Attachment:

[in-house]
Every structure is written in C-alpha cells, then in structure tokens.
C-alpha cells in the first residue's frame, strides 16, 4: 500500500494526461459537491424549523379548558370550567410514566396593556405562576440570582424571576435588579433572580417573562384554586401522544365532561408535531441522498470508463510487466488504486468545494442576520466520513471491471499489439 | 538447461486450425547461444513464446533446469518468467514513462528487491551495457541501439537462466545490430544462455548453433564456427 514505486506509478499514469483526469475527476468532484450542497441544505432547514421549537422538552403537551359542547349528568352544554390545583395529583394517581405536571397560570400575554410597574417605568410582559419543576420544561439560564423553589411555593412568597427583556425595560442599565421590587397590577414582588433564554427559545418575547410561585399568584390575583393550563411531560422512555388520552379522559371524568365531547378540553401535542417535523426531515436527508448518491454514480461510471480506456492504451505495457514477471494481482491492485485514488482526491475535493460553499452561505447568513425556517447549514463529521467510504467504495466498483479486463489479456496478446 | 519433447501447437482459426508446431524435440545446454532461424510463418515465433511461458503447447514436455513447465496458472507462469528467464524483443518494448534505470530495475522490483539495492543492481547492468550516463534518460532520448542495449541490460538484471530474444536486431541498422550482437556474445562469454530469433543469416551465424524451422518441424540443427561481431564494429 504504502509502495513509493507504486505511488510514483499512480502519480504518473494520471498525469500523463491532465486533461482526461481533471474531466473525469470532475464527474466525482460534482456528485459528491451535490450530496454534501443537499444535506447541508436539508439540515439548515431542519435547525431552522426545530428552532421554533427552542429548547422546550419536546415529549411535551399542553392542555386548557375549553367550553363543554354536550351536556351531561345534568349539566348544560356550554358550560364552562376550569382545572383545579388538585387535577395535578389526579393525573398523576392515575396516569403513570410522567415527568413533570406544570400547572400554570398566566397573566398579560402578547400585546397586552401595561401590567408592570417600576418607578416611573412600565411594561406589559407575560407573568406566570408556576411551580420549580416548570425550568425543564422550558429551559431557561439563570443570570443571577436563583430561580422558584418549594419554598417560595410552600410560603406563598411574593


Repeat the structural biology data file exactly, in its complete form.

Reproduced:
[in-house]
Every structure is written in C-alpha cells, then in structure tokens.
C-alpha cells in the first residue's frame, strides 16, 4: 500500500494526461459537491424549523379548558370550567410514566396593556405562576440570582424571576435588579433572580417573562384554586401522544365532561408535531441522498470508463510487466488504486468545494442576520466520513471491471499489439 | 538447461486450425547461444513464446533446469518468467514513462528487491551495457541501439537462466545490430544462455548453433564456427 514505486506509478499514469483526469475527476468532484450542497441544505432547514421549537422538552403537551359542547349528568352544554390545583395529583394517581405536571397560570400575554410597574417605568410582559419543576420544561439560564423553589411555593412568597427583556425595560442599565421590587397590577414582588433564554427559545418575547410561585399568584390575583393550563411531560422512555388520552379522559371524568365531547378540553401535542417535523426531515436527508448518491454514480461510471480506456492504451505495457514477471494481482491492485485514488482526491475535493460553499452561505447568513425556517447549514463529521467510504467504495466498483479486463489479456496478446 | 519433447501447437482459426508446431524435440545446454532461424510463418515465433511461458503447447514436455513447465496458472507462469528467464524483443518494448534505470530495475522490483539495492543492481547492468550516463534518460532520448542495449541490460538484471530474444536486431541498422550482437556474445562469454530469433543469416551465424524451422518441424540443427561481431564494429 504504502509502495513509493507504486505511488510514483499512480502519480504518473494520471498525469500523463491532465486533461482526461481533471474531466473525469470532475464527474466525482460534482456528485459528491451535490450530496454534501443537499444535506447541508436539508439540515439548515431542519435547525431552522426545530428552532421554533427552542429548547422546550419536546415529549411535551399542553392542555386548557375549553367550553363543554354536550351536556351531561345534568349539566348544560356550554358550560364552562376550569382545572383545579388538585387535577395535578389526579393525573398523576392515575396516569403513570410522567415527568413533570406544570400547572400554570398566566397573566398579560402578547400585546397586552401595561401590567408592570417600576418607578416611573412600565411594561406589559407575560407573568406566570408556576411551580420549580416548570425550568425543564422550558429551559431557561439563570443570570443571577436563583430561580422558584418549594419554598417560595410552600410560603406563598411574593